We got to the Castillo San Felipe on the top of the hill where we bought tickets for the castle. The castle is pretty awesome and dates back several hundred years. If you’re a sucker for old stuff and history like me then you’ll love it. I recommend you go early in the day. It is very hot in the middle of the day and there is no air conditioning. I think everyone except me likes to sleep in on vacation because there was hardly anybody there until 10am. But at 10am the sun got hotter and the tourists started pouring in and it got crowded. We left soon thereafter to go take a break out of the sun and grab lunch at a local spot where we had some more plantains but this time it was plantain chips.
After lunch we headed to the Castillo San Cristóbal which you get into for no additional cost if you go on the same day as the Castillo San Felipe del Morro. We just presented our entry ticket and they let us right on in. This castle is a little more modern and you can see where the U.S. government used this as a lookout in WWII. There is also a small museum that has air conditioning. One of the cool things that were on the grounds were the iguanas. There were just iguanas chilling on the grass when we went.
On Day 3 we woke up to rain clouds. Between rain storms we went to the Santa María Magdalena de Pazzis Cemetery. It is a cool graveyard right by the sea beside the Castillo San Felipe. If you have time its interesting to check out. During the day we checked out several museums in Old San Juan and visited the cathedral while eating even more plantains.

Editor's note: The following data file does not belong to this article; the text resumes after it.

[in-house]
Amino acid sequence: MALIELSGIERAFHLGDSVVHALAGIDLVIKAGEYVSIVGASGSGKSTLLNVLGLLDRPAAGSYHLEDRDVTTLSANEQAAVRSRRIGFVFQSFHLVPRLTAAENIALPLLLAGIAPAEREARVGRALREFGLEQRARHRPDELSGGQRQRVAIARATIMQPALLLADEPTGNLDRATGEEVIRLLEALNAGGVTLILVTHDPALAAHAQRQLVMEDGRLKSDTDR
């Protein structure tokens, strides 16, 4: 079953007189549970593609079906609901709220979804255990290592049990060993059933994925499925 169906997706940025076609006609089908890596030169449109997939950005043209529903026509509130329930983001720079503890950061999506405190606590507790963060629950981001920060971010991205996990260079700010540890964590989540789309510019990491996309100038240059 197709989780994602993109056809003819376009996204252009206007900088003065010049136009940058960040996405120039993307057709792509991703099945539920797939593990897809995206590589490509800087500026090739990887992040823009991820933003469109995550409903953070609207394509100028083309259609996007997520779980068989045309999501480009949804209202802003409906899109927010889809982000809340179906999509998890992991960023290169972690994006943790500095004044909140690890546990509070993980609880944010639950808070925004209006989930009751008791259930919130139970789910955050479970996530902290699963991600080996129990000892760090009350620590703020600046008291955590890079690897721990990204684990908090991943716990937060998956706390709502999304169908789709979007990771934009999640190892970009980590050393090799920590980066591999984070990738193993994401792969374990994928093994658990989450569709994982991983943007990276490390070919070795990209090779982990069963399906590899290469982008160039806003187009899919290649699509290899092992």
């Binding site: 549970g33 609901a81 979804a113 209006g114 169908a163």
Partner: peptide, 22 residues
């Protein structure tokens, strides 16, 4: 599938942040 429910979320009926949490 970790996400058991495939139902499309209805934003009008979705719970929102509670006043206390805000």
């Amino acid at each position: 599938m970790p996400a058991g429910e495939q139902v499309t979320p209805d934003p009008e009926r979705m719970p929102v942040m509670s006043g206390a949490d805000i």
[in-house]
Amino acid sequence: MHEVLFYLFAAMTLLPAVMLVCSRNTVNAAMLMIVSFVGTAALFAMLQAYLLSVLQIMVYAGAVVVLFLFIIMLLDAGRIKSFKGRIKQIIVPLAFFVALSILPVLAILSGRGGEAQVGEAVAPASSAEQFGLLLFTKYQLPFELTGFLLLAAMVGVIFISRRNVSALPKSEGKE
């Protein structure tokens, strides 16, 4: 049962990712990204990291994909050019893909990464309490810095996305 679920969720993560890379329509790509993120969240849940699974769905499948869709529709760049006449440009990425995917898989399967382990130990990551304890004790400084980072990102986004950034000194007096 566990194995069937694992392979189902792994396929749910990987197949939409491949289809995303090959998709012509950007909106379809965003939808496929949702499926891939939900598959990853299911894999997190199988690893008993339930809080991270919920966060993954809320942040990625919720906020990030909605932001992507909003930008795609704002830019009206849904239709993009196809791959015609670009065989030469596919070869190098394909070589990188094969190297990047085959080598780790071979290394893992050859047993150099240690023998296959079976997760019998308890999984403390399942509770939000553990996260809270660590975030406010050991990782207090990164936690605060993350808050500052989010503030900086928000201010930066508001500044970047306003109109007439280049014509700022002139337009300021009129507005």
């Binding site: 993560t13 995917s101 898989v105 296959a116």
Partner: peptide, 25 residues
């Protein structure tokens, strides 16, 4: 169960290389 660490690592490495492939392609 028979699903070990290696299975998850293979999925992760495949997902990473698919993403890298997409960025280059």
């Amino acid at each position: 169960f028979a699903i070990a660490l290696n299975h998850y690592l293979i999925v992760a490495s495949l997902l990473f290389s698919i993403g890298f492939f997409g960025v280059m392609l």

San Juan cathedral
By day 4 I had had enough of Old San Juan and it was time to move on. After looking at the prices for tours around the island we decided to get a rental car. Tours to El Yunque Rainforest or Farjado were several hundred dollars per person whereas we could get a rental car for much less adn go wherever we liked. We got Progressive to pick us up! I had always seen on thee commercials that they would pick you up, and they will. We picked up our rental car and drove about an hour out of San Juan to the El Yunque Rainforest This is the only rainforest that is part of the U.S. park system. Definitely check it out. After checking out the park visitor’s center we hiked a trail to a waterfall and chilled on the rocks at the waterfall for awhile.
El Yunque has cool slugs
After that we got back in the car and drove along Highway 3 to Luquillo and stopped on the side of the road at the Luquillo Kiosks for some dinner. These are just some stands and kiosks that are in a little strip along the road beside the beach. We just walked up and down and bought little bits of food from different vendors because we wanted to try everything. You can get cheap authentic Puerto Rico food here.
El Yunque Rainforest
We then got back in the car to drive to Fajardo Bay to visit the BioBay. Puerto Rico is home to 3 of the world’s bioluminescent bays with the Fajardo Bio luminescent Bay being the most easily accessible to people vacationing on the northern part of the island. These bays are home to tiny microorganisms known as dinoflagellates that glow when they are disturbed in the water. As a result when a paddle go in the water and moves around the water will appear to glow where it is disturbed.